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Leider ist ein technischer Fehler aufgetreten.

Why imperfect fashion is so popular - and why it is art

– Text by Dennis Braatz

One of the key looks for the summer comes courtesy of Miu Miu; it’s a combination of an ultra-short cropped jumper and a miniskirt that is as revealing as if you were lounging poolside in a bikini. Many women, including Nicole Kidman and Paloma Elsesser, have already sported the look in public, much to the delight of the media. And that’s a great thing, because age and body shape should never count when it comes to picking what you want to wear. So far, so obvious. But take a closer look and you’ll notice a second layer of significance: the hems of both items are fraying. Worn and torn already?

Let’s get the obvious out of the way first: the jumper and skirt are only meant to look ripped and torn. These two luxury items are specifically made so that there is no risk of a loose thread catching and leaving the wearer exposed to prying eyes. This outfit isn’t just a flash in the pan: by the autumn collections at the latest, this style of garment and finishing will be everywhere.

For men, Louis Vuitton proposes ripped trousers with a logo print. For women, Erdem is serving up silk dresses with liberal fraying. Balenciaga’s sweatshirts, T-shirts and long sleeves for men and women look like they’ve been washed to the point that the colours are barely discernible. There are few labels that aren’t selling jumpers that have been brushed to give them the appearance of having been in the washing machine at least twice – and not on the delicates cycle, either.

The fact that you may only pick up on this textile phenomenon at second glance is probably because we are so familiar with designs that drift somewhere between used, ripped and destroyed. Wrecked jeans and T-shirts with holes have been around since the mid-70s and the punks, who catapulted the look onto the catwalk. Back then, clothes like these were a bold anti-establishment statement. Today, these pieces – which would prompt any granny to reach for her mending basket – still whisper quietly of rebellion. But, more importantly, their main purpose is to imply that they have a history.

Trend scouts believe that the phenomenal success of “Worn-Out Clothing” is fuelled by the fact that people no longer take the time to let their garments age naturally – while at the same time coveting pieces that look like they have been cherished and worn for years. As a result, consumers are turning to clothes that have the lived-in look. The best examples can be found in shoe shops. From Lloyd to Saint Laurent, the shelves are packed with brand-new sneakers that appear to have spent countless nights out clubbing and have waded through many a festival puddle. For several years, a recurring style in Margiela’s collections has been a paint-splattered sneaker. The unstoppable advance of the shoe brand Golden Goose is essentially based on a light polish of dirt and plenty of scuffing.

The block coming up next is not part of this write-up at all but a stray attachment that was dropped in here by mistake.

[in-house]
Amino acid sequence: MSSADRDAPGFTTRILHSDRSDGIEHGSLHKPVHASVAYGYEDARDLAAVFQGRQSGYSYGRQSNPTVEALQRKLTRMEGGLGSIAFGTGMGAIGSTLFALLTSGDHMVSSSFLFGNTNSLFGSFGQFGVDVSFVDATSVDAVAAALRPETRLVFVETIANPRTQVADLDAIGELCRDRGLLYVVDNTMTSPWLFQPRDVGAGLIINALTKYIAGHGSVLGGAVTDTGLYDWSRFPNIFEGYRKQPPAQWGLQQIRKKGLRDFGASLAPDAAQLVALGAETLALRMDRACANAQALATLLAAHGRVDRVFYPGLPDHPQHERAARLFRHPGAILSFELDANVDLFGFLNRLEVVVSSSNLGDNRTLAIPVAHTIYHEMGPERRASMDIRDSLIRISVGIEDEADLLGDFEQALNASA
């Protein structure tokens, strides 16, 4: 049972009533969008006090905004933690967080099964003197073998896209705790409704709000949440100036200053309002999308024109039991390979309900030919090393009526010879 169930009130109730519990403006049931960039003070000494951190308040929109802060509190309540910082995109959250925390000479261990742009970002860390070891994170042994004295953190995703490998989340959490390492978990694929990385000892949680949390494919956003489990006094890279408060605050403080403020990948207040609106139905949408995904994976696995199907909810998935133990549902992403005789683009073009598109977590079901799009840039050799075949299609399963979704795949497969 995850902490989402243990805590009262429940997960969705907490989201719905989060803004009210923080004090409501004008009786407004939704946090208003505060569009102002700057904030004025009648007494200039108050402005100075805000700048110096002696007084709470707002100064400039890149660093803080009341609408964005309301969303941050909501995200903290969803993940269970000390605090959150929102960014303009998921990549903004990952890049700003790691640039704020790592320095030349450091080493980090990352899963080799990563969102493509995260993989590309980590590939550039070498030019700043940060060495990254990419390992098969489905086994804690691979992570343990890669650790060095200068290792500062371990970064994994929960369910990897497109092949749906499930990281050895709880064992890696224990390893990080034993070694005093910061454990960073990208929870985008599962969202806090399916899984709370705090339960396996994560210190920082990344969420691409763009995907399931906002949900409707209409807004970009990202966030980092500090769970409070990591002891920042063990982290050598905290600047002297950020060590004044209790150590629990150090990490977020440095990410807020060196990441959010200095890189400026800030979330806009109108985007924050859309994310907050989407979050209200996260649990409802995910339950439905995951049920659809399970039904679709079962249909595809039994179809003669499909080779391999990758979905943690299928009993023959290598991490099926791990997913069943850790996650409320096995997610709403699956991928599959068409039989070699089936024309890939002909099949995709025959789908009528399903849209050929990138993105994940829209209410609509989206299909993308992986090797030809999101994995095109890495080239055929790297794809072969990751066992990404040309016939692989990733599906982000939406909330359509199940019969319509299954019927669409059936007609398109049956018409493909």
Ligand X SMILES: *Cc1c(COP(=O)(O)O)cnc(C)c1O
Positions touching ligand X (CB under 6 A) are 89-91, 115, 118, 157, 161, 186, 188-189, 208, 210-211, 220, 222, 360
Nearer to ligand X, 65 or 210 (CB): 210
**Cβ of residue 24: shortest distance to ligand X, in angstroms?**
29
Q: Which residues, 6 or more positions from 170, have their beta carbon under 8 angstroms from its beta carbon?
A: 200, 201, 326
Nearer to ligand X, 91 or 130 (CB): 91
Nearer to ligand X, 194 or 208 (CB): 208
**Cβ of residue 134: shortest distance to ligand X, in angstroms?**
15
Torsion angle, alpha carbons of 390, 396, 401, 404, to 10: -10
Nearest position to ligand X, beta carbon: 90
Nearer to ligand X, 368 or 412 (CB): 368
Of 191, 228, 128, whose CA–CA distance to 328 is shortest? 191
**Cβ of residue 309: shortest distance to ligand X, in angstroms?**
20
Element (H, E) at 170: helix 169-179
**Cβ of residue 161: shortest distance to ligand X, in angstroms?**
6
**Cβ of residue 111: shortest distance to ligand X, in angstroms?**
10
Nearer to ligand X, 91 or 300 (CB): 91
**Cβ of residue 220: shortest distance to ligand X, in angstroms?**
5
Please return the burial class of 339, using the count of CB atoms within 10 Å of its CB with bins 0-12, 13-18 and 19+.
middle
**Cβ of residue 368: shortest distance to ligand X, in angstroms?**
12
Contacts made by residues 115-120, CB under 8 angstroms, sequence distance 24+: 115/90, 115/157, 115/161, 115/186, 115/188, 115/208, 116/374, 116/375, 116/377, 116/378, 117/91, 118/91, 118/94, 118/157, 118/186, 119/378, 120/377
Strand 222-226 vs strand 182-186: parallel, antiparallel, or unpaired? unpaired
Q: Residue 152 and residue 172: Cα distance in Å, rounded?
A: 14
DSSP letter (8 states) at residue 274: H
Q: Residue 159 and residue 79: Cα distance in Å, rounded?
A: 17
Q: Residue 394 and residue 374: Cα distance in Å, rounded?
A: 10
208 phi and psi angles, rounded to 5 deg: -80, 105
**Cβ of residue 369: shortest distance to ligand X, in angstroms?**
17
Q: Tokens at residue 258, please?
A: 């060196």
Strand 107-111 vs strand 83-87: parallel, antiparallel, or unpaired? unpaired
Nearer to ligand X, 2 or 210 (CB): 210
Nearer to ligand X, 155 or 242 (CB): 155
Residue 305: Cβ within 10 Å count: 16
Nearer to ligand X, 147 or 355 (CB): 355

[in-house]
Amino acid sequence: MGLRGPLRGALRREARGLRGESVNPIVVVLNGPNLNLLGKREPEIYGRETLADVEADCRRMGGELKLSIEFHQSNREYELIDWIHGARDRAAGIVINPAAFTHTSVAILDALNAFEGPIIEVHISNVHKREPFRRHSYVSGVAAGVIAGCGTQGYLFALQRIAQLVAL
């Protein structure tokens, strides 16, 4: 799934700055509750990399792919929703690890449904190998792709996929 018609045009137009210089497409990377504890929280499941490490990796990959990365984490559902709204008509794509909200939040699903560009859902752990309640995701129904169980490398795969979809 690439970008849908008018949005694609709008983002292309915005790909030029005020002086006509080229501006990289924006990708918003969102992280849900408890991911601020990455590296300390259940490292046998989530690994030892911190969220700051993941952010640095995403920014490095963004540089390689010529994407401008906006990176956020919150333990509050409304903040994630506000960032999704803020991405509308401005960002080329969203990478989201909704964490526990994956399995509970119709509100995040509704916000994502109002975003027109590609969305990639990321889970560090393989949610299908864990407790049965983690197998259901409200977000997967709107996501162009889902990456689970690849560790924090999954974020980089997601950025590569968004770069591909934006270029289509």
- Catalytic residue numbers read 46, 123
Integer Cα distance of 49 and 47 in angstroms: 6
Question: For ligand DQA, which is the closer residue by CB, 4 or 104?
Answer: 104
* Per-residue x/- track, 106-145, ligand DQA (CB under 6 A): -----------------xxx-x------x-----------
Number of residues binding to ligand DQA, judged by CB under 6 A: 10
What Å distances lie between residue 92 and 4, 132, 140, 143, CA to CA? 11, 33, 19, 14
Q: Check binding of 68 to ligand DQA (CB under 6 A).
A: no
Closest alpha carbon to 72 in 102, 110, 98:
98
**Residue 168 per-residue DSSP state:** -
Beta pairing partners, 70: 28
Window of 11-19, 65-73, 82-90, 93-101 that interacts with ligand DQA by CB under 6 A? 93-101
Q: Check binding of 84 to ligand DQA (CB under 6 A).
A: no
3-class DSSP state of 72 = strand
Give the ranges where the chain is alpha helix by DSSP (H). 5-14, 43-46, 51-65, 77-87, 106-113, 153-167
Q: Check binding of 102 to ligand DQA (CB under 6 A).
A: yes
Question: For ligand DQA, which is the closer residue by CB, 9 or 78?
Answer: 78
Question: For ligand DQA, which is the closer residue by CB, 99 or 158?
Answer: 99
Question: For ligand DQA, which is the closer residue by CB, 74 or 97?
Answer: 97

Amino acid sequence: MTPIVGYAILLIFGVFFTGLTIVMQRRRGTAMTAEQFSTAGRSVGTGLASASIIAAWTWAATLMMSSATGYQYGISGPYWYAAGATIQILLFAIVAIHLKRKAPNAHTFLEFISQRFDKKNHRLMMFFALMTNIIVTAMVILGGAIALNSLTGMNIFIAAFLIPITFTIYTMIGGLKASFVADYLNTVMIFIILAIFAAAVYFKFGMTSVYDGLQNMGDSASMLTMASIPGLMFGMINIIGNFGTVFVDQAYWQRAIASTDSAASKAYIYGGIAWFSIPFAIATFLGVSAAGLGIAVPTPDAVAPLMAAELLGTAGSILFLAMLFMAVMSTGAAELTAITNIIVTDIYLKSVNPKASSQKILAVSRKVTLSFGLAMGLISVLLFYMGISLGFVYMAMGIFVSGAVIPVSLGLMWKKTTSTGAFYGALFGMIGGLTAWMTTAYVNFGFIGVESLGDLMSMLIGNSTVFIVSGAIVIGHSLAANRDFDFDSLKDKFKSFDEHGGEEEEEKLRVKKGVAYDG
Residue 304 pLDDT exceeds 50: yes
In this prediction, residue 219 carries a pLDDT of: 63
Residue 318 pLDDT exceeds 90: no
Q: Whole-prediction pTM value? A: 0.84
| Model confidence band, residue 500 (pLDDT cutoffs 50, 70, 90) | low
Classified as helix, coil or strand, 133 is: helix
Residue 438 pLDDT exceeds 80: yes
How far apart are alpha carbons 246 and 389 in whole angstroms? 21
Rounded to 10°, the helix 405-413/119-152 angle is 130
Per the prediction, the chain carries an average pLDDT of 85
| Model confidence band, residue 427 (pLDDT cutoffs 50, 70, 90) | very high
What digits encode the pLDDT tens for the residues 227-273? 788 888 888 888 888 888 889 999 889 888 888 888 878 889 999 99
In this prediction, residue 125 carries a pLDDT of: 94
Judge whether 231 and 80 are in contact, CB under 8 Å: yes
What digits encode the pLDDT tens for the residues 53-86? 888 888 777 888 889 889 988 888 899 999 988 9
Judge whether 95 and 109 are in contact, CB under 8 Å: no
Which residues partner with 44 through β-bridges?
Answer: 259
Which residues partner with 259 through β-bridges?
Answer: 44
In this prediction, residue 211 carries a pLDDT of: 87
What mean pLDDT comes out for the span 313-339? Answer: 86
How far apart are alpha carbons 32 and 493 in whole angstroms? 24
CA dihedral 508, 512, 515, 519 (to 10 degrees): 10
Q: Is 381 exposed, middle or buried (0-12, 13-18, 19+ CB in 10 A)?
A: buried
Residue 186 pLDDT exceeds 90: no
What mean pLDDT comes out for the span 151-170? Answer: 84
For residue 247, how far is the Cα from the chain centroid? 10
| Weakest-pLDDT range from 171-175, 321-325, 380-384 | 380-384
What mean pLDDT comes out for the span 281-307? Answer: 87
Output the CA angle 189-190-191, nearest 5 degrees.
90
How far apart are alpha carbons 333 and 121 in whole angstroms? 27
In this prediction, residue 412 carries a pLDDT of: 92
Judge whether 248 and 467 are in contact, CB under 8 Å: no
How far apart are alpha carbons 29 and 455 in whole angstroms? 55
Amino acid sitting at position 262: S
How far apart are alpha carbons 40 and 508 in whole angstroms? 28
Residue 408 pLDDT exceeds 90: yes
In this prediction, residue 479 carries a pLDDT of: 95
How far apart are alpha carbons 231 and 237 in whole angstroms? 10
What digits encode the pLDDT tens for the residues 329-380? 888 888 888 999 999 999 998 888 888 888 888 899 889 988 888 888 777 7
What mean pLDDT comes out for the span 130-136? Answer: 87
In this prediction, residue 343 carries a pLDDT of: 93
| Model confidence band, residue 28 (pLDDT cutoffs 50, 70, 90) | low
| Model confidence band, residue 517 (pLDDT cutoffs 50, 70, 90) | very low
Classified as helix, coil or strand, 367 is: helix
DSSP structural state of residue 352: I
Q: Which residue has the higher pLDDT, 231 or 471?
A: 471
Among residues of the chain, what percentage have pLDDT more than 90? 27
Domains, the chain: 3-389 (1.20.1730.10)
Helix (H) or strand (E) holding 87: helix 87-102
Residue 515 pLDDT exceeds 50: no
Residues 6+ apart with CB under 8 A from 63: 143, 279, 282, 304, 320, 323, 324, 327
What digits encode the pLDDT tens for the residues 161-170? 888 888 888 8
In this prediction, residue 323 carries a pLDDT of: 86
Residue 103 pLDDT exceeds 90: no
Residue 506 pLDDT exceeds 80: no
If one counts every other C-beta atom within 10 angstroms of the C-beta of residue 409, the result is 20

You can criticise this aesthetic and blame it on an increasingly fast-paced world, the throw-away society, or shrug it off as mere cheating. On the other hand, all of these fashionable traces of purported wear are painstakingly created by hand in the workshops, with the aid of brushes, spatulas, sandpaper and brushes. And who doesn’t have at least one pair of bleached, lasered, sand-blasted jeans with extra patches and artificial whiskers hanging in their wardrobe? We all know that well-made denim is a (wearable) work of art. At the end of the day, it’s all about striking the right balance.

Nobody should feel compelled to spend a fortune on a new outfit which others might think has just been dragged out of a charity shop. But new clothes that have character, that speak of good times lived, are fine. In Closed’s latest collection, for example, there are discreetly brushed woollen jumpers for men, and for women there are denim jackets where the seams around the collar and sleeves have been slightly roughened. When they’re worn, these traces of scuffing will age beautifully and become more pronounced. Or, to put it slightly differently: these are pieces that will tell the personal story of their owner – without too much effort on their part.